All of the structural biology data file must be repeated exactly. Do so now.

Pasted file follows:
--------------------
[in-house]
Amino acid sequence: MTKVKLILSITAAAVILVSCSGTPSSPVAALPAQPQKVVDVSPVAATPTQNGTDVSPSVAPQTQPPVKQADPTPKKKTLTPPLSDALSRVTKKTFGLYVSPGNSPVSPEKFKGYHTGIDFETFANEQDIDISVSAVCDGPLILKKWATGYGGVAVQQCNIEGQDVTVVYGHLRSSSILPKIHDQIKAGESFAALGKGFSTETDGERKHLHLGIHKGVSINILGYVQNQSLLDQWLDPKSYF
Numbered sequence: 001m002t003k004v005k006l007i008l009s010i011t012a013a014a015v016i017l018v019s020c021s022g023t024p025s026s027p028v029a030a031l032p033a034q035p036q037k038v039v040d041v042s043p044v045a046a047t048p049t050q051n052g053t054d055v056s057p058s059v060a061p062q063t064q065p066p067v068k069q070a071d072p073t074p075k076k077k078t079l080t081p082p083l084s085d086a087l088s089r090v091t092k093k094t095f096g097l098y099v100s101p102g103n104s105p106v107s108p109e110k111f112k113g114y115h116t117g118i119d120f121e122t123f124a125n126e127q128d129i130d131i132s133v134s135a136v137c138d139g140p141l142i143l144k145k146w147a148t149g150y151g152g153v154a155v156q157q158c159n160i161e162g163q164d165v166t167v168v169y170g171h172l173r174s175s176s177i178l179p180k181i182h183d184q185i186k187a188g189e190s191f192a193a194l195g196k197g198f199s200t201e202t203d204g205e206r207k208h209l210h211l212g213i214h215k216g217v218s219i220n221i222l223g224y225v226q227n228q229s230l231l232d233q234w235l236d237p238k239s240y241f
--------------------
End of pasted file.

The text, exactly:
[in-house]
Amino acid sequence: MTKVKLILSITAAAVILVSCSGTPSSPVAALPAQPQKVVDVSPVAATPTQNGTDVSPSVAPQTQPPVKQADPTPKKKTLTPPLSDALSRVTKKTFGLYVSPGNSPVSPEKFKGYHTGIDFETFANEQDIDISVSAVCDGPLILKKWATGYGGVAVQQCNIEGQDVTVVYGHLRSSSILPKIHDQIKAGESFAALGKGFSTETDGERKHLHLGIHKGVSINILGYVQNQSLLDQWLDPKSYF
Numbered sequence: 001m002t003k004v005k006l007i008l009s010i011t012a013a014a015v016i017l018v019s020c021s022g023t024p025s026s027p028v029a030a031l032p033a034q035p036q037k038v039v040d041v042s043p044v045a046a047t048p049t050q051n052g053t054d055v056s057p058s059v060a061p062q063t064q065p066p067v068k069q070a071d072p073t074p075k076k077k078t079l080t081p082p083l084s085d086a087l088s089r090v091t092k093k094t095f096g097l098y099v100s101p102g103n104s105p106v107s108p109e110k111f112k113g114y115h116t117g118i119d120f121e122t123f124a125n126e127q128d129i130d131i132s133v134s135a136v137c138d139g140p141l142i143l144k145k146w147a148t149g150y151g152g153v154a155v156q157q158c159n160i161e162g163q164d165v166t167v168v169y170g171h172l173r174s175s176s177i178l179p180k181i182h183d184q185i186k187a188g189e190s191f192a193a194l195g196k197g198f199s200t201e202t203d204g205e206r207k208h209l210h211l212g213i214h215k216g217v218s219i220n221i222l223g224y225v226q227n228q229s230l231l232d233q234w235l236d237p238k239s240y241f